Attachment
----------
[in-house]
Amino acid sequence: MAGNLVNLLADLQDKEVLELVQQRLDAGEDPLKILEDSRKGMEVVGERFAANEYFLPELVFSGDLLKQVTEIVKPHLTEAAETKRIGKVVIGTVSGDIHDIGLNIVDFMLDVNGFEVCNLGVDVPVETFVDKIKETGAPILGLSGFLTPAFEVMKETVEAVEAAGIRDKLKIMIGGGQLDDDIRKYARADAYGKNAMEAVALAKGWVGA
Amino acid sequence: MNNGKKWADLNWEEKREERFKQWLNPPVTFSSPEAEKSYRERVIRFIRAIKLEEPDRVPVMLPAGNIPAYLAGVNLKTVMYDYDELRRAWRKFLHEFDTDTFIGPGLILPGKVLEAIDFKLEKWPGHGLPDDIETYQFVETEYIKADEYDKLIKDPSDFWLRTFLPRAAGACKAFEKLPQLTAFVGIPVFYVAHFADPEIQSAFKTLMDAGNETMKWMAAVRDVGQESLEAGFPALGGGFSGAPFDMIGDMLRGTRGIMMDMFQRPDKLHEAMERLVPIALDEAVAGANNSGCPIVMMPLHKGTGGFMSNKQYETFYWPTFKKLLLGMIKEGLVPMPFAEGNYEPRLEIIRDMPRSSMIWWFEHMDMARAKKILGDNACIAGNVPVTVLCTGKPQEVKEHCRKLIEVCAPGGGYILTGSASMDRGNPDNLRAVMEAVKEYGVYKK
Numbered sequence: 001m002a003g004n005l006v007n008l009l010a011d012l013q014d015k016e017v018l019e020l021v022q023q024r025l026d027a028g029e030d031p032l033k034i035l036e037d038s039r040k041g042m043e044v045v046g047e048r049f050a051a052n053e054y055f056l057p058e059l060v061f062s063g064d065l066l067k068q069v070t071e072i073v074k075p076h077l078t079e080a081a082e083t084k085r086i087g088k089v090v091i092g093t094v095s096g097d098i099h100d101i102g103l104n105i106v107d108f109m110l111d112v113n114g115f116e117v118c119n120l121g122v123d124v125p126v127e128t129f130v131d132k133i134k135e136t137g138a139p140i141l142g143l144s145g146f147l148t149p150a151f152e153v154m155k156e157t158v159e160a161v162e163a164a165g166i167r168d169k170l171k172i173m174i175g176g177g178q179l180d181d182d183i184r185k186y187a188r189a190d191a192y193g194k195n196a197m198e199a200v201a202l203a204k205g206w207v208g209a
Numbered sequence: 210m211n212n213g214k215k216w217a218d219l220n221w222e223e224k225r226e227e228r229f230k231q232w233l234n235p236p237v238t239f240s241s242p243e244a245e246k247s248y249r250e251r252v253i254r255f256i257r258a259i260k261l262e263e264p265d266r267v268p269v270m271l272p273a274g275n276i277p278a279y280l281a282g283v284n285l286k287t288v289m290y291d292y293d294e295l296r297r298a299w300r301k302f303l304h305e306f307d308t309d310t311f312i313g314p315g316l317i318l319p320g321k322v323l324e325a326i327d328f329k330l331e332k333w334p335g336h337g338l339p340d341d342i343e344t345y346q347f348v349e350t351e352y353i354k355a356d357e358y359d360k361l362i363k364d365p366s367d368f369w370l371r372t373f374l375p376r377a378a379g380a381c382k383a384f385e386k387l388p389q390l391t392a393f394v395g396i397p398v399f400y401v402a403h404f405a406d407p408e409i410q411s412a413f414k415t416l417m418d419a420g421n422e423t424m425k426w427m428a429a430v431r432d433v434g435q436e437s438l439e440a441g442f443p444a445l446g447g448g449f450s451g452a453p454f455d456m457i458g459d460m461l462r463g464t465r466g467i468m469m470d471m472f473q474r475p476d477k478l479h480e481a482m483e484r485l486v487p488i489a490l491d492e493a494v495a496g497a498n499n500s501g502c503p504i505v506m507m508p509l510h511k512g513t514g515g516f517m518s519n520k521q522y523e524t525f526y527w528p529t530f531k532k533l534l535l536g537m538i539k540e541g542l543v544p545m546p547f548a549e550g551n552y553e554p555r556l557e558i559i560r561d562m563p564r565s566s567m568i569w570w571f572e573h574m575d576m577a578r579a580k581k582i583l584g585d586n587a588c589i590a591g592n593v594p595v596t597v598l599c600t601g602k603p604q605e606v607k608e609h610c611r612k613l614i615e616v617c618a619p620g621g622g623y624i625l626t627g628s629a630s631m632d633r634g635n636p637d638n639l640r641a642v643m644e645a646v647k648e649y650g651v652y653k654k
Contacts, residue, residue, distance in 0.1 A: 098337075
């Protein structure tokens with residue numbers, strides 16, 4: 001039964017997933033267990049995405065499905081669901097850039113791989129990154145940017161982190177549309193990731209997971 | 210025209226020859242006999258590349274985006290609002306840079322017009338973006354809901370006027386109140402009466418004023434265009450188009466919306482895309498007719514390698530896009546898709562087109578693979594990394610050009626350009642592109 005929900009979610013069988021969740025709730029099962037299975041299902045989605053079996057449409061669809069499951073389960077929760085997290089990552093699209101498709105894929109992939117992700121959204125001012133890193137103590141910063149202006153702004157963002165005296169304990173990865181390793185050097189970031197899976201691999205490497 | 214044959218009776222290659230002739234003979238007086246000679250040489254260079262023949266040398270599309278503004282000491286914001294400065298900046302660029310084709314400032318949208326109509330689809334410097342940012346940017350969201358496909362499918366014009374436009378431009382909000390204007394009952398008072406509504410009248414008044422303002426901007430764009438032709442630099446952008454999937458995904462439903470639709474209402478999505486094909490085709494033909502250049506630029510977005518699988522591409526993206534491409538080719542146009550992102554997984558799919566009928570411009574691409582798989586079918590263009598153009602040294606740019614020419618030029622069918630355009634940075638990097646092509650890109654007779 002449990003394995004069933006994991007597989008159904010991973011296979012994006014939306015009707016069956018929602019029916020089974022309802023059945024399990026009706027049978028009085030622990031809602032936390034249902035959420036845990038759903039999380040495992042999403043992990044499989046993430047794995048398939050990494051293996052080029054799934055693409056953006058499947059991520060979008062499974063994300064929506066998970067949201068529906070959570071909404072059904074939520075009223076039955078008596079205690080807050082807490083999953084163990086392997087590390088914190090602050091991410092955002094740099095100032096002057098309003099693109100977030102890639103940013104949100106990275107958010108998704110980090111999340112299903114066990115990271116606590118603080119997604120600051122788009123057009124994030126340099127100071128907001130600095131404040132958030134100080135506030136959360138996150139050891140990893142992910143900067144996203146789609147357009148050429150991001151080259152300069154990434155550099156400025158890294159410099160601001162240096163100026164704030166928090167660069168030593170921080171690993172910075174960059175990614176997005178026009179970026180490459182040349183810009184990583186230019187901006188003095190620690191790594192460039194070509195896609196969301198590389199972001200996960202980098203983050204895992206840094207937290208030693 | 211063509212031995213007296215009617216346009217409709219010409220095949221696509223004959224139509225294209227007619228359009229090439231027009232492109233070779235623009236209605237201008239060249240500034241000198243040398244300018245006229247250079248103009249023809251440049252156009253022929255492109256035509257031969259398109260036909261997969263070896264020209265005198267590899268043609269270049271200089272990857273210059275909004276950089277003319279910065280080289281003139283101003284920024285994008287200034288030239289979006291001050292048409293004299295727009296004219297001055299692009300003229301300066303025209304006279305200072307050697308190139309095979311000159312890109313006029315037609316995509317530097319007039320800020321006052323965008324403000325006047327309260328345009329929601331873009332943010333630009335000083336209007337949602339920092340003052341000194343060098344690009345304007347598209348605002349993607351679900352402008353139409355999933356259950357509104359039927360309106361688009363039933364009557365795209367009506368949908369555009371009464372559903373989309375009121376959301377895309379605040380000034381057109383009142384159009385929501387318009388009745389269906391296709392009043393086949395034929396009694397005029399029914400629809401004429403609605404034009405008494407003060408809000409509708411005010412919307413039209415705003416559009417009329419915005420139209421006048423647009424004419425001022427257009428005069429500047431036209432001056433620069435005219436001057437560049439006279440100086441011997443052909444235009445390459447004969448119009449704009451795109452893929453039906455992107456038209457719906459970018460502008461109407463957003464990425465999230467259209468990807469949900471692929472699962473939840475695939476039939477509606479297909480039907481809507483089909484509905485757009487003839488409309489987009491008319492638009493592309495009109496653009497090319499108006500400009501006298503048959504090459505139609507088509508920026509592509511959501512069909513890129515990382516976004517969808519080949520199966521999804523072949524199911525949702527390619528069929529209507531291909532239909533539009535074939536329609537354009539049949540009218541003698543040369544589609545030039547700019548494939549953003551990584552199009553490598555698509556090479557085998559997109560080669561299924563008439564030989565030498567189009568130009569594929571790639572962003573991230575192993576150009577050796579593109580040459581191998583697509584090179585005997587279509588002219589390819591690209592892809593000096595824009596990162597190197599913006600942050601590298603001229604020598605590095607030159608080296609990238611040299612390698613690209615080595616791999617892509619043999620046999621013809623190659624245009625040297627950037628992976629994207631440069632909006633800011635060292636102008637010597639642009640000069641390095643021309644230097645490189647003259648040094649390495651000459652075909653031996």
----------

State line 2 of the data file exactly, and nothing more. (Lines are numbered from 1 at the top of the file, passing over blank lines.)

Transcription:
Amino acid sequence: MAGNLVNLLADLQDKEVLELVQQRLDAGEDPLKILEDSRKGMEVVGERFAANEYFLPELVFSGDLLKQVTEIVKPHLTEAAETKRIGKVVIGTVSGDIHDIGLNIVDFMLDVNGFEVCNLGVDVPVETFVDKIKETGAPILGLSGFLTPAFEVMKETVEAVEAAGIRDKLKIMIGGGQLDDDIRKYARADAYGKNAMEAVALAKGWVGA